The chairman and ranking member of the Senate Agriculture Committee say they don’t buy arguments that more than $6 billion has to be cut from the 2008 farm bill so it can pass muster with the Bush administration.
Sen. Tom Harkin, D-Iowa, chairman, and Saxby Chambliss, R-Ga., the ranking member, issued a statement saying they want to provide $12.3 billion in “above-baseline” spending for commodity, conservation, energy, nutrition and rural development programs in the 2008 farm bill.
The proposal came two days after House Agriculture Committee Chairman Collin Peterson and ranking member Bob Goodlatte offered to limit spending in the new farm bill to $6 billion above baseline to win White House support for the legislation.
“This afternoon (Feb. 14), Senate farm bill negotiators submitted a spending proposal to the House that meets the needs of this farm bill without having to cut back on the critical investments made by the Senate-passed bill in renewable energy, conservation, nutrition, rural development and better diets and health for all Americans,” Harkin said.
Speaking to reporters, Harkin said he agrees with Reps. Peterson, D-Minn., and Goodlatte, R-Va., that time is growing short for passing a farm bill before an extension of the current law expires on March 15.
But Harkin said the Senate bill passed by too wide a margin (79-14) for Senate leaders to “just give up” the improvements the Senate Committee on Agriculture, Nutrition and Forestry made in the nutrition, energy, conservation and rural development titles of the new farm bill.
“Support for these investments was strong in the Senate, where our measure passed by one of the largest farm bill votes in history,” he said. “Support for this effort was also strong in rural America, where spending on agriculture is a small part of the overall federal budget.
“The Senate proposal provides an outline of spending that is $12.3 billion above baseline — spending that is not only critical for farmers and rural America, but also our nation as a whole,” he said.
Responding to the Peterson-Goodlatte proposal, a group of 38 farm organizations sent a letter to the chairmen and ranking members of the ag committees, saying the House Ag Committee proposal was “seriously under-funded” and proposed cuts to the commodity programs were “excessive.”
The letter, which was signed by groups ranging from the American Farm Bureau Federation to the National Farmers Union, said more money was needed in the farm bill to protect the agricultural safety net. The groups argued that the House plan also incorporated administration proposals that were rejected by both ag committees in 2007.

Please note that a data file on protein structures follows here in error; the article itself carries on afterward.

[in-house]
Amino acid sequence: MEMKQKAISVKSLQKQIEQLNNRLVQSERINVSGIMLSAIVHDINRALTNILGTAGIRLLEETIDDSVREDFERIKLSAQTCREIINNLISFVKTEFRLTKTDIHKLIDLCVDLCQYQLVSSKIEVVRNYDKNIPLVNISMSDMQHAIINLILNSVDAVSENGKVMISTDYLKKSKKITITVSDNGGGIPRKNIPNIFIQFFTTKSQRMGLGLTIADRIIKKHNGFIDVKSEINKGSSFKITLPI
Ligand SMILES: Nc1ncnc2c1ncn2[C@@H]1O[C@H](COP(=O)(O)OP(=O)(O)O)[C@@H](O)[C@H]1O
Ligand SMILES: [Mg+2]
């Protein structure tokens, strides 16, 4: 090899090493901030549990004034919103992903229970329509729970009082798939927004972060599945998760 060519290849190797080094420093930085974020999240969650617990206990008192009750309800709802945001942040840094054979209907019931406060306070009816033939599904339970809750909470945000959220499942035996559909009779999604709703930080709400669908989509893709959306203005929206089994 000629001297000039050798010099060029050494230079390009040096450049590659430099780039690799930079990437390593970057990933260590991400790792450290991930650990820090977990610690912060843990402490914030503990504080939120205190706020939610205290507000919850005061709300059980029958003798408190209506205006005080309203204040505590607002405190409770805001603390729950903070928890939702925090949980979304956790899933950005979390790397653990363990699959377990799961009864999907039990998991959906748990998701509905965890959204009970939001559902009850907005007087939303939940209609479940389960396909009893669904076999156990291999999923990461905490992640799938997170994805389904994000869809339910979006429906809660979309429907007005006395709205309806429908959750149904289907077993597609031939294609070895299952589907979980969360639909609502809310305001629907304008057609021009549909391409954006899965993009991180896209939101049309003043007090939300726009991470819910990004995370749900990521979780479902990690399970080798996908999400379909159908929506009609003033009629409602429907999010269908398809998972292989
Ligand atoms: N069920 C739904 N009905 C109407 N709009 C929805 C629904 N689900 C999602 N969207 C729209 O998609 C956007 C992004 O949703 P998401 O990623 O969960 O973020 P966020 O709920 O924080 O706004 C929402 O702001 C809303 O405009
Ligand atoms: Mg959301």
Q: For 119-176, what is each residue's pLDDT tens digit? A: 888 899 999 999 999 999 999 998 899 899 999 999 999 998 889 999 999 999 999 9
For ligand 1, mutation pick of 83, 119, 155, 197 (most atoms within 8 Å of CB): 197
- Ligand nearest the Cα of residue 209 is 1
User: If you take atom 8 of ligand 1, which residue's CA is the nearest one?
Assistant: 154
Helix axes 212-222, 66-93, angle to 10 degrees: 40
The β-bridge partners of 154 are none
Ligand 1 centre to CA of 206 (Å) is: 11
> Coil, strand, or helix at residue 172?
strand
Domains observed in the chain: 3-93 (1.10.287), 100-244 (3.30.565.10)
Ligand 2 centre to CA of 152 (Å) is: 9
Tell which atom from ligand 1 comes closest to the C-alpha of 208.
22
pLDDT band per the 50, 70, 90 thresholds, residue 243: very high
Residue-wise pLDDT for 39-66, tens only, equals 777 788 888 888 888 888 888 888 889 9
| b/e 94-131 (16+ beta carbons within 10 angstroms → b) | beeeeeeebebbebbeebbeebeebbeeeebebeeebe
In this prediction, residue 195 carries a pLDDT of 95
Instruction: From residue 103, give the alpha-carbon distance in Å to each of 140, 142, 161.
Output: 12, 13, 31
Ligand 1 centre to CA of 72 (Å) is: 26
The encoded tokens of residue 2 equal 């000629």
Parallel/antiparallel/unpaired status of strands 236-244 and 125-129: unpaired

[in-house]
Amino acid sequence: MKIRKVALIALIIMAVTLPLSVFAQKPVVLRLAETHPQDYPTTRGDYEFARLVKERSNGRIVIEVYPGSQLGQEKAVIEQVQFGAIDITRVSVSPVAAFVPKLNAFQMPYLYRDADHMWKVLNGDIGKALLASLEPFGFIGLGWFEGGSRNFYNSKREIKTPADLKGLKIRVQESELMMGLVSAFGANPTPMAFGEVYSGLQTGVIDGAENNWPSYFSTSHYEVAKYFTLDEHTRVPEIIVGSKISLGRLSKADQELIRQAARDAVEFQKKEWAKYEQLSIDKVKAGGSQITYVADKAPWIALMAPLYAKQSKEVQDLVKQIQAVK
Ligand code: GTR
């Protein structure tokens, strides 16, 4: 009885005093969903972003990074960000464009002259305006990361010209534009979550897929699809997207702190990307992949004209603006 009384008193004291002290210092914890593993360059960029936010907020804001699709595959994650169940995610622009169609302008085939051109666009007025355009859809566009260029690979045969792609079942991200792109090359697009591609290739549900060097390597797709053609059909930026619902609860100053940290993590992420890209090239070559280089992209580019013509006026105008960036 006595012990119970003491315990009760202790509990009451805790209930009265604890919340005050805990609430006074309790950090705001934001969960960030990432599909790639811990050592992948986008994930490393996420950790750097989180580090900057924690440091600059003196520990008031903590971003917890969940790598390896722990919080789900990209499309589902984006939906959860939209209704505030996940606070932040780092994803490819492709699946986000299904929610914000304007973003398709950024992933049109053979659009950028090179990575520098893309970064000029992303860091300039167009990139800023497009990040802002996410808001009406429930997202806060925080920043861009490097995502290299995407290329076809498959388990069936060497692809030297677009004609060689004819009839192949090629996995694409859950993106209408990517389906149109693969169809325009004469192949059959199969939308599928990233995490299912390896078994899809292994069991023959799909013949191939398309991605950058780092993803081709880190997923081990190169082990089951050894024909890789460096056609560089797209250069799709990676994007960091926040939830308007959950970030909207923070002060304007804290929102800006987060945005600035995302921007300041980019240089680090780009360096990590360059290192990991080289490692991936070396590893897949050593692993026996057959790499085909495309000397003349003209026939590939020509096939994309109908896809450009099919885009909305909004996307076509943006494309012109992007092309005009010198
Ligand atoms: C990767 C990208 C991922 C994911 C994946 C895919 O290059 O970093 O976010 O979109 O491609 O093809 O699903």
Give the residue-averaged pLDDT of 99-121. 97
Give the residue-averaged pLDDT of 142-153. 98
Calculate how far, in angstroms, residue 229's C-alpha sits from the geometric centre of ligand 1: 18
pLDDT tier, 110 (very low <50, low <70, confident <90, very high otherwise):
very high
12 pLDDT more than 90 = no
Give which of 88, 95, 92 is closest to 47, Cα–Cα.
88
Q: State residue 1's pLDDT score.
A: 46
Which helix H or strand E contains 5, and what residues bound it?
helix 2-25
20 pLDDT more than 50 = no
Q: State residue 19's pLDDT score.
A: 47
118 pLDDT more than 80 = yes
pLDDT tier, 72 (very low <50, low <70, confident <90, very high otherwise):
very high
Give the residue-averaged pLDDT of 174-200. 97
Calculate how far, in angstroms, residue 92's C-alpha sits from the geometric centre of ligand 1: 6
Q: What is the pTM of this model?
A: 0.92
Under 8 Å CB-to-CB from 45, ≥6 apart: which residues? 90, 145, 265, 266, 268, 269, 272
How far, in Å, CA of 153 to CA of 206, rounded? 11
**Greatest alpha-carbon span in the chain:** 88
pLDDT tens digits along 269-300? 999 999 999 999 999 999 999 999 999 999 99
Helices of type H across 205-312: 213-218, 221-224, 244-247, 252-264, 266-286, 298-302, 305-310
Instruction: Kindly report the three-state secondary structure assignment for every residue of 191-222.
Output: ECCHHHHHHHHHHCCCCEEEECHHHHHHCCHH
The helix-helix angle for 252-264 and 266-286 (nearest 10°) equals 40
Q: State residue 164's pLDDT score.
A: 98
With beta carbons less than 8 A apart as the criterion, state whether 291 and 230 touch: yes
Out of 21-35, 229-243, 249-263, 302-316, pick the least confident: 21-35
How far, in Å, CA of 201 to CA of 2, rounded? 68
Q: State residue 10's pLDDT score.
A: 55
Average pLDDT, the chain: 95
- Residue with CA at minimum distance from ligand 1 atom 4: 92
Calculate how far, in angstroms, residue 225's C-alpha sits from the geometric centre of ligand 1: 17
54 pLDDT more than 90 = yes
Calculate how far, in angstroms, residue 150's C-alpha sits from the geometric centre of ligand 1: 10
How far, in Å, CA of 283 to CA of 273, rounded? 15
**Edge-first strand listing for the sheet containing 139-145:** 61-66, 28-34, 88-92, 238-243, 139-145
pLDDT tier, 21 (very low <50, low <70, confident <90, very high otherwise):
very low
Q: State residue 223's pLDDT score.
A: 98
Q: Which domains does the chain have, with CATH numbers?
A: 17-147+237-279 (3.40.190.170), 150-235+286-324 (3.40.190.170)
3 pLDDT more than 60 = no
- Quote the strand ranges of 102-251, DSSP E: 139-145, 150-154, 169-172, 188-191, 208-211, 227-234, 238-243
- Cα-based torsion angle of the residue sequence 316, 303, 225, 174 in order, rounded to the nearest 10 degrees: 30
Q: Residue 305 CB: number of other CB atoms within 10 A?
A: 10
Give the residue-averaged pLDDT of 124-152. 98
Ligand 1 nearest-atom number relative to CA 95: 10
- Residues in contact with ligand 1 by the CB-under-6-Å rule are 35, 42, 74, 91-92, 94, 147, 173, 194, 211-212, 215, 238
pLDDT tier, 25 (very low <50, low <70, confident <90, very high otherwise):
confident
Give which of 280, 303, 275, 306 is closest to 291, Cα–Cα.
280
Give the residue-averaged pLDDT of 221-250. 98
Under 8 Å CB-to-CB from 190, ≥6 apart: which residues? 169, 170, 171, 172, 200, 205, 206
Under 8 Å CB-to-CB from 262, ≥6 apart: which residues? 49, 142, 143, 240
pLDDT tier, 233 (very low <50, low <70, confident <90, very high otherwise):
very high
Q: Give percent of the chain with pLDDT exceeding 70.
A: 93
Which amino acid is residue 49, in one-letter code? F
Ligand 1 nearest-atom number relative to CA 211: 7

Agriculture Secretary Ed Schafer panned the Senate proposal in a statement jointly issued by himself and Deputy Secretary Chuck Conner. They said the Senate plan would increase taxes and grow the size and scope of government while failing to implement much needed reforms.
“We are disappointed the Senate has not joined the House in proposing a package that seeks fiscal discipline and real reform while providing a true safety net,” they said. “The President has said time and time again that he will not support a bill that raises taxes and uses taxpayer dollars to increase the size of government.”
But Harkin said the Bush administration may find the president “has to bend” on the farm bill rather than continuing to demand the House and Senate meet him more than half way on the farm bill.
“The White House has to understand they have a lot of people in their party who favor our bill,” said Harkin. “We understand the White House is trying to drive a hard bargain, but they may reach a point where they have to compromise.
“I think we’re driving a pretty hard bargain in the Senate, too. Sen. Chambliss and I believe we have a lot of votes in the Senate. Is there a deal we can make that they won’t veto? The White House has to decide whether they want to veto a farm bill or reach some compromises.”
Harkin was asked if he was concerned House leaders have been negotiating directly with the administration on the farm bill? “No, we have been kept informed by Chairman Peterson at every step,” he said. “The House had to get Republicans back on board for their bill. We didn’t have that problem in the Senate.”
(The farm bill vote in the House was much closer than in the Senate (231-131) after Republicans bolted after House Democrats added a measure taxing the earnings of foreign corporations in the United States to pay for their spending increases.)
“The goal now is to reach agreement with House negotiators and the White House so we can identify funding mechanisms to support these investments that the White House, Senate and House can agree upon,” said Harkin. “I remain optimistic that all negotiators will see the benefits of swift action and agreement so that we can bring the farm bill to fruition.”